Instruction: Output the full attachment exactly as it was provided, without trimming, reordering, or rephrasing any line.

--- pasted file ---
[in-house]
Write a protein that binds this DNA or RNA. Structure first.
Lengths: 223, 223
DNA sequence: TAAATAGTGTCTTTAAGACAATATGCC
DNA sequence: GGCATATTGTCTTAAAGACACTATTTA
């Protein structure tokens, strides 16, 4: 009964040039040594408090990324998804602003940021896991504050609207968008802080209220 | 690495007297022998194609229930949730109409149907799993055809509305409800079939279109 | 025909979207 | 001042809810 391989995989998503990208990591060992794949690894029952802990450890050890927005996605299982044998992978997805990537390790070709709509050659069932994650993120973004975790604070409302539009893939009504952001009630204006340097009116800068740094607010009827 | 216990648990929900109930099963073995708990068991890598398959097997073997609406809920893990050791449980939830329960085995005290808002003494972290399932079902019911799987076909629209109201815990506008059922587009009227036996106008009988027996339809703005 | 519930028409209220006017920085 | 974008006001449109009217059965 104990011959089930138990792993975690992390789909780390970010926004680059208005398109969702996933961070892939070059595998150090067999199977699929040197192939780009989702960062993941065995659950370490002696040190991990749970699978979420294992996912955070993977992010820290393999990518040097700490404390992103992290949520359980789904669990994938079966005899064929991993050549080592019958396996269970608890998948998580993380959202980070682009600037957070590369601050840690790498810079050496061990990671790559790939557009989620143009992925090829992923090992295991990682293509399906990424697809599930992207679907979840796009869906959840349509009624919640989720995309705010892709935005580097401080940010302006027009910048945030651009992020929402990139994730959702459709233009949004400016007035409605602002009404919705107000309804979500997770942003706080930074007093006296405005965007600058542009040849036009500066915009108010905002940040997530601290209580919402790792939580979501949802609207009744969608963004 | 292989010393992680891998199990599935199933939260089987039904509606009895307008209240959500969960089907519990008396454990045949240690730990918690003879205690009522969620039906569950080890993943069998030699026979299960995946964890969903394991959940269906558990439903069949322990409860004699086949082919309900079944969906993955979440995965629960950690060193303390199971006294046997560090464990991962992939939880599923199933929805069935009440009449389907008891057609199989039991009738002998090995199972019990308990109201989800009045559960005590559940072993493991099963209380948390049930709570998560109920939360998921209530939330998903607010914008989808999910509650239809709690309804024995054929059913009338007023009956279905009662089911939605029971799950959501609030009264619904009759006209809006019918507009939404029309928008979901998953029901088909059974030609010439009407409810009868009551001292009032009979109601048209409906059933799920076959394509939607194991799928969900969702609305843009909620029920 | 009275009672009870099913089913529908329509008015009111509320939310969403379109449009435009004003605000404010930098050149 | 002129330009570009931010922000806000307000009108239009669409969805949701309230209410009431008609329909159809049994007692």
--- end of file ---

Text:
[in-house]
Write a protein that binds this DNA or RNA. Structure first.
Lengths: 223, 223
DNA sequence: TAAATAGTGTCTTTAAGACAATATGCC
DNA sequence: GGCATATTGTCTTAAAGACACTATTTA
């Protein structure tokens, strides 16, 4: 009964040039040594408090990324998804602003940021896991504050609207968008802080209220 | 690495007297022998194609229930949730109409149907799993055809509305409800079939279109 | 025909979207 | 001042809810 391989995989998503990208990591060992794949690894029952802990450890050890927005996605299982044998992978997805990537390790070709709509050659069932994650993120973004975790604070409302539009893939009504952001009630204006340097009116800068740094607010009827 | 216990648990929900109930099963073995708990068991890598398959097997073997609406809920893990050791449980939830329960085995005290808002003494972290399932079902019911799987076909629209109201815990506008059922587009009227036996106008009988027996339809703005 | 519930028409209220006017920085 | 974008006001449109009217059965 104990011959089930138990792993975690992390789909780390970010926004680059208005398109969702996933961070892939070059595998150090067999199977699929040197192939780009989702960062993941065995659950370490002696040190991990749970699978979420294992996912955070993977992010820290393999990518040097700490404390992103992290949520359980789904669990994938079966005899064929991993050549080592019958396996269970608890998948998580993380959202980070682009600037957070590369601050840690790498810079050496061990990671790559790939557009989620143009992925090829992923090992295991990682293509399906990424697809599930992207679907979840796009869906959840349509009624919640989720995309705010892709935005580097401080940010302006027009910048945030651009992020929402990139994730959702459709233009949004400016007035409605602002009404919705107000309804979500997770942003706080930074007093006296405005965007600058542009040849036009500066915009108010905002940040997530601290209580919402790792939580979501949802609207009744969608963004 | 292989010393992680891998199990599935199933939260089987039904509606009895307008209240959500969960089907519990008396454990045949240690730990918690003879205690009522969620039906569950080890993943069998030699026979299960995946964890969903394991959940269906558990439903069949322990409860004699086949082919309900079944969906993955979440995965629960950690060193303390199971006294046997560090464990991962992939939880599923199933929805069935009440009449389907008891057609199989039991009738002998090995199972019990308990109201989800009045559960005590559940072993493991099963209380948390049930709570998560109920939360998921209530939330998903607010914008989808999910509650239809709690309804024995054929059913009338007023009956279905009662089911939605029971799950959501609030009264619904009759006209809006019918507009939404029309928008979901998953029901088909059974030609010439009407409810009868009551001292009032009979109601048209409906059933799920076959394509939607194991799928969900969702609305843009909620029920 | 009275009672009870099913089913529908329509008015009111509320939310969403379109449009435009004003605000404010930098050149 | 002129330009570009931010922000806000307000009108239009669409969805949701309230209410009431008609329909159809049994007692």